Madison Review - Something Bugging You?

Madison Review

It's hard to fully grasp the impact that P.T has had on modern horror. There's a certain familiar terror to the twisting of your own family home. Madison manages to understand this concept well and even adds a few frights you may not see coming.

This being said, P.T disappearing practically overnight means that terror exists only in our heads. We can imagine how great that came could be without having to deal with the fact it may not have been. Madison is an exercise in this style of horror design with all the limitations that come with it.

Those limitations often pop their head up in slightly strange control decisions and a litany of bugs. There's a clear vision at the heart of Madison that is occasionally entirely thrown aside by its presentation.

Madison Review
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Dancing With The Devil

In Madison, you wake up in a room with a single TV, a tense atmosphere and a very angry father on the other side of the door. You have to think on your feet, use a handful of objects and get out of there into the next room. Although I have likened the game to P.T, the more apt analogy for this tone would be Resident Evil 7. You have to move through a crawlspace, where you find your grandfather's house.

Being dead for some time, it is abandoned, left with pieces of paper, tapes and enough environmental hazards to make Ethan Winters' hand flinch. It is instantly spooky, diving headfirst into the paranormal. Things move around behind you, horrible figures burst out and puzzles present themselves.

For the most part, these puzzles are quite interesting. Some of them are perhaps a little too esoteric to really enjoy but conversing with friends to get to the bottom of each secret was perhaps my favourite part of playing the game. You are inundated with objects to use and some of its solutions almost feel like playing those old Point and Click games. When the logic is clear, you feel really good but, when you can't figure it out, you are often left bashing different objects together until the next part of the game unlocks.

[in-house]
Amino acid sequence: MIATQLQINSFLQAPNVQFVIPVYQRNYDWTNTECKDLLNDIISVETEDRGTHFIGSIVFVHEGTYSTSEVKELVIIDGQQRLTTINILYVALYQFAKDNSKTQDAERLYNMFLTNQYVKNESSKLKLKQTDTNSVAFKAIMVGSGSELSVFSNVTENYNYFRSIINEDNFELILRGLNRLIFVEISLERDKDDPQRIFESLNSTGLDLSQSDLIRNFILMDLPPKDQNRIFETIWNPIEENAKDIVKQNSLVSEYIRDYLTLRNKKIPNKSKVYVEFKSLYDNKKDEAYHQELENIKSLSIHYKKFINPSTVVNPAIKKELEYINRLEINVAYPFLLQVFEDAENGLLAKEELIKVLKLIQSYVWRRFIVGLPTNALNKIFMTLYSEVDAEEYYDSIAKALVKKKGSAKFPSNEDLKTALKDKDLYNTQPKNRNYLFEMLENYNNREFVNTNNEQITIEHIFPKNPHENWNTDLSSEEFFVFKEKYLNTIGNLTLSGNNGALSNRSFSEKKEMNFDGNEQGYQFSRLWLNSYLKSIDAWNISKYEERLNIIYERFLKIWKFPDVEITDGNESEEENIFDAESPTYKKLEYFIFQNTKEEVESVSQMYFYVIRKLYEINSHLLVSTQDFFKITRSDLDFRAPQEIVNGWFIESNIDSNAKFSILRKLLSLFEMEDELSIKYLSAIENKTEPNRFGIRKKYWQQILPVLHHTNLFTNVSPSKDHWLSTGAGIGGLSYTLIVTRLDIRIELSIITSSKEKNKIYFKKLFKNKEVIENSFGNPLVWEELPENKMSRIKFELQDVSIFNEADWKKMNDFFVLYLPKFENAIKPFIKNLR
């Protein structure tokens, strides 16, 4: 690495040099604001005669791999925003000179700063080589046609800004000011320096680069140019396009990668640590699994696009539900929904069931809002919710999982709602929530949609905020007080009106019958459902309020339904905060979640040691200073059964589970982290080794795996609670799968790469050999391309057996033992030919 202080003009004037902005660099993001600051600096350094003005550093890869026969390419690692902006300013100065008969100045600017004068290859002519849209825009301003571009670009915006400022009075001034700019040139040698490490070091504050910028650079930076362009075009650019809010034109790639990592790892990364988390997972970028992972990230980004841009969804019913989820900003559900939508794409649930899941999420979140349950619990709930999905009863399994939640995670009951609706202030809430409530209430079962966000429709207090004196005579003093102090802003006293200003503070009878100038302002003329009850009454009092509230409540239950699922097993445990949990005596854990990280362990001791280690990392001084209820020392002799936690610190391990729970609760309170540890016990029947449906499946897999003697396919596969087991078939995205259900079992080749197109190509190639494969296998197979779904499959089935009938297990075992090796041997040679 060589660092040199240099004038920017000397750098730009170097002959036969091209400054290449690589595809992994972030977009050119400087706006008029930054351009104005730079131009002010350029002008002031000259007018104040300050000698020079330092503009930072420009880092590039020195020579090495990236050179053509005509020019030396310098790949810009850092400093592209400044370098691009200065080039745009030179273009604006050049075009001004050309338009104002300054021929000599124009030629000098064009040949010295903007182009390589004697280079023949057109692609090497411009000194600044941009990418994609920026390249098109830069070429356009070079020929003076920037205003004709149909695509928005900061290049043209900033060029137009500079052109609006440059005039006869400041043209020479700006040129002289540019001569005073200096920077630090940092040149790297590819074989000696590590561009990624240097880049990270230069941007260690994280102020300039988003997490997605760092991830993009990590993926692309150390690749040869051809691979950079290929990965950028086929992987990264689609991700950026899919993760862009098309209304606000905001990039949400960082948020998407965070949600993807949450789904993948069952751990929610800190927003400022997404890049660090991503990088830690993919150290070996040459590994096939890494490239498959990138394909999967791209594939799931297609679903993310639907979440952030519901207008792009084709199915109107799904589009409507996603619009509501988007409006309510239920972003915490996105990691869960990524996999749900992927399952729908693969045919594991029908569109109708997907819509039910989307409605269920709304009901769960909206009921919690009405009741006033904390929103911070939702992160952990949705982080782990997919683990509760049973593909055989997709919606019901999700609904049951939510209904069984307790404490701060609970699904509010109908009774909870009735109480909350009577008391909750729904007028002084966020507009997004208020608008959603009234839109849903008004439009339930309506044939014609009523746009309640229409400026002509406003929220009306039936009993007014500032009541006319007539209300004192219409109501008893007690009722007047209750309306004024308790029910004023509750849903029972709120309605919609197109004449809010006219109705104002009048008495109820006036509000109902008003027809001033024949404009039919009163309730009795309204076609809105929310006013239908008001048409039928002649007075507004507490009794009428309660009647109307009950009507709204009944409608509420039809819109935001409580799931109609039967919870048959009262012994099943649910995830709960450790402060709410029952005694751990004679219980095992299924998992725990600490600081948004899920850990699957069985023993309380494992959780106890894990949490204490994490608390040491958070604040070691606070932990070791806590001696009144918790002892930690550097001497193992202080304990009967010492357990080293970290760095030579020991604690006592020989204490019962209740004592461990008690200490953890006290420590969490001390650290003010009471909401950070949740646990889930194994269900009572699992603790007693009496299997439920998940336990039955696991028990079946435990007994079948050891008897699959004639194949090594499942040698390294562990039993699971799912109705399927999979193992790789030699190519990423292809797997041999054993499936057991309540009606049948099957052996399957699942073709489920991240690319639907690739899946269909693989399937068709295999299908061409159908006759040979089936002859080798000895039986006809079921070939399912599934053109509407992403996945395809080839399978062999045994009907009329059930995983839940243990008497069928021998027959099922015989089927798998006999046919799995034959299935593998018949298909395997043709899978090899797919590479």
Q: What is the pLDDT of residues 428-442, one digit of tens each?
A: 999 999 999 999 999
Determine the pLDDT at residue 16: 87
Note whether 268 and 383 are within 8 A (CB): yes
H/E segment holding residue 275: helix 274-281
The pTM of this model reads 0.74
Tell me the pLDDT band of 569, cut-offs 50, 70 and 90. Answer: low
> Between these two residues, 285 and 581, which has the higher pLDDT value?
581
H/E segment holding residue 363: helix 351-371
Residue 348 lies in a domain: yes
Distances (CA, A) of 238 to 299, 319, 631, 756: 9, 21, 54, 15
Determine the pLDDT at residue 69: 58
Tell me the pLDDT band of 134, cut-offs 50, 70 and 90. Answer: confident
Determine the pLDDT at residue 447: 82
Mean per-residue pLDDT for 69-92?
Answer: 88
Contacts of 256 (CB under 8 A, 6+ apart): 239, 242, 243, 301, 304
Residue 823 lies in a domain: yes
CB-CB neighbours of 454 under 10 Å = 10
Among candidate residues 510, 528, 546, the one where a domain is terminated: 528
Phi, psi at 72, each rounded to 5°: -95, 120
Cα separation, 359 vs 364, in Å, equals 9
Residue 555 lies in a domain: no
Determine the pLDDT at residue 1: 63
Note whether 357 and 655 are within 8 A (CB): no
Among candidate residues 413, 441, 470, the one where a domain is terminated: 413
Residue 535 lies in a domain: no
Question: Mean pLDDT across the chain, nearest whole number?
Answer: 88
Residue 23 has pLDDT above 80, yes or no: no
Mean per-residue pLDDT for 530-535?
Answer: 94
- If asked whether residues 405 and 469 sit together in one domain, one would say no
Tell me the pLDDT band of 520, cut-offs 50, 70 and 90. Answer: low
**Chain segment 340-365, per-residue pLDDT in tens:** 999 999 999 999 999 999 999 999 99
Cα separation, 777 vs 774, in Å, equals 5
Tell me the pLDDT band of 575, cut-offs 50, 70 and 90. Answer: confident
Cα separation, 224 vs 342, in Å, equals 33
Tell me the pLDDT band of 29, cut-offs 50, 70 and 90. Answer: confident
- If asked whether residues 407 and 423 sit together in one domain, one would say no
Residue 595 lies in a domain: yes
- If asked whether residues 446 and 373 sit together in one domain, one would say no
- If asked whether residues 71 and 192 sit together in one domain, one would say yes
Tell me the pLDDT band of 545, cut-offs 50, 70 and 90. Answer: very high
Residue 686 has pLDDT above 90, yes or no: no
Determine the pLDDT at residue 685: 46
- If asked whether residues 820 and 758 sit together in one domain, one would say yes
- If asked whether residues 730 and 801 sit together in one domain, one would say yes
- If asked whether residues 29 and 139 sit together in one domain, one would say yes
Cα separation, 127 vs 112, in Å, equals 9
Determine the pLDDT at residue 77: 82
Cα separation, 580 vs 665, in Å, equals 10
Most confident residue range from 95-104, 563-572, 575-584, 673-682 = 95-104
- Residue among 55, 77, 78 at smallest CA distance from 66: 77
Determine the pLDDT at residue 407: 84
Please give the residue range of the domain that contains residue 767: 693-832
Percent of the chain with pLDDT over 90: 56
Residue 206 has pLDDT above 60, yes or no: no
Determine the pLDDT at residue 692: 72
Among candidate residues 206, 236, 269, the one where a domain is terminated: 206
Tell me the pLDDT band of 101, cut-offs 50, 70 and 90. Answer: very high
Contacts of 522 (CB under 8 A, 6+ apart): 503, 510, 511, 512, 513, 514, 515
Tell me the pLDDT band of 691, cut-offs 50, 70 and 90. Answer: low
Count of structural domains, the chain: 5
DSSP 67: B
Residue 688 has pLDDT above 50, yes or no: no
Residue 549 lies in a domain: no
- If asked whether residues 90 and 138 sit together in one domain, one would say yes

Madison Review
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In Single File

The pacing can be a little choppy due to this. I regularly went from somewhat bored of the current puzzle to absolutely enthralled. One simple mechanic reminiscent of Silent Hill left me feeling very positive about the experience and a game-ending bug the next moment made me stop playing for the night. Playing on PlayStation 5, my save data deleted itself twice - leaving me to replay 60% of the game again. Frankly, this is not good enough for a game that is just about to release. I have been assured that is currently being addressed but it's worth hanging on for user reports before making the plunge.

Madison is a significantly better game on PC. There, a lot of its atmosphere and frights work as you aren't worried something will break. With a plot all about demonic possession, family trauma and enough horror cliches to pack into an elevator pitch, it manages to justify how hard it lingers on those tropes.

The story plays at an interesting pace and many of its scares feel justified. The game tries to make you feel like you're slowly losing your grip on sanity through slight movements and sounds, just inches away from where you can see. This works well and manages to stay engaging for the majority of the game's runtime.

Luca, our protagonist, is whiny and oblivious - something that could work really well at the start of the game - but his relative lack of development leaves him feeling annoying and underdeveloped. There are only so many times one character can dramatically exasperate before you wish they would stop. For Luca, that number is about four.

It's a shame this is the case because the look and sounds of the game are pretty great. There's a certain weightiness to your actions, really making you feel like a kid out of his depth. All those sounds culminate in a house that somehow has more character than our lead.

This brings us to the game's main mechanic, the camera. Picked up from the body of a mass murderer, you can use it to trigger certain parts of the environment to change its form, produce new items or will new paths into existence. Be it a manifestation of hate or the world through someone else's eyes, it's a pretty great mechanic that has so much potential. In a later church-centric level, this shows its teeth in interesting ways but it can be a little inconsistent in moment-to-moment gameplay. At certain points, I found myself taking pictures of anything slightly suspicious in the hopes it would point me in the right direction.

This constant tug of war between smart ideas and finicky pacing permeates the entire experience of playing Madison. Taking away its bugs and inconsistent controls reveals something rather brilliant underneath but it's unsure how much of that poor pacing is down to those issues. Where some might chalk this up to momentary problems, others may think it's a flaw in the very design. For me, Madison sits somewhere in between.

Madison pains me a little. So many of its ideas are great and some of its puzzles are creative. This fails to make up for poor pacing, save deleting bugs and generally finicky controls, though. In Madison, I see both a fantastic horror game and an overly ambitious slog. It's far too messy to be one and too enthralling to be the other.
6 out of 10

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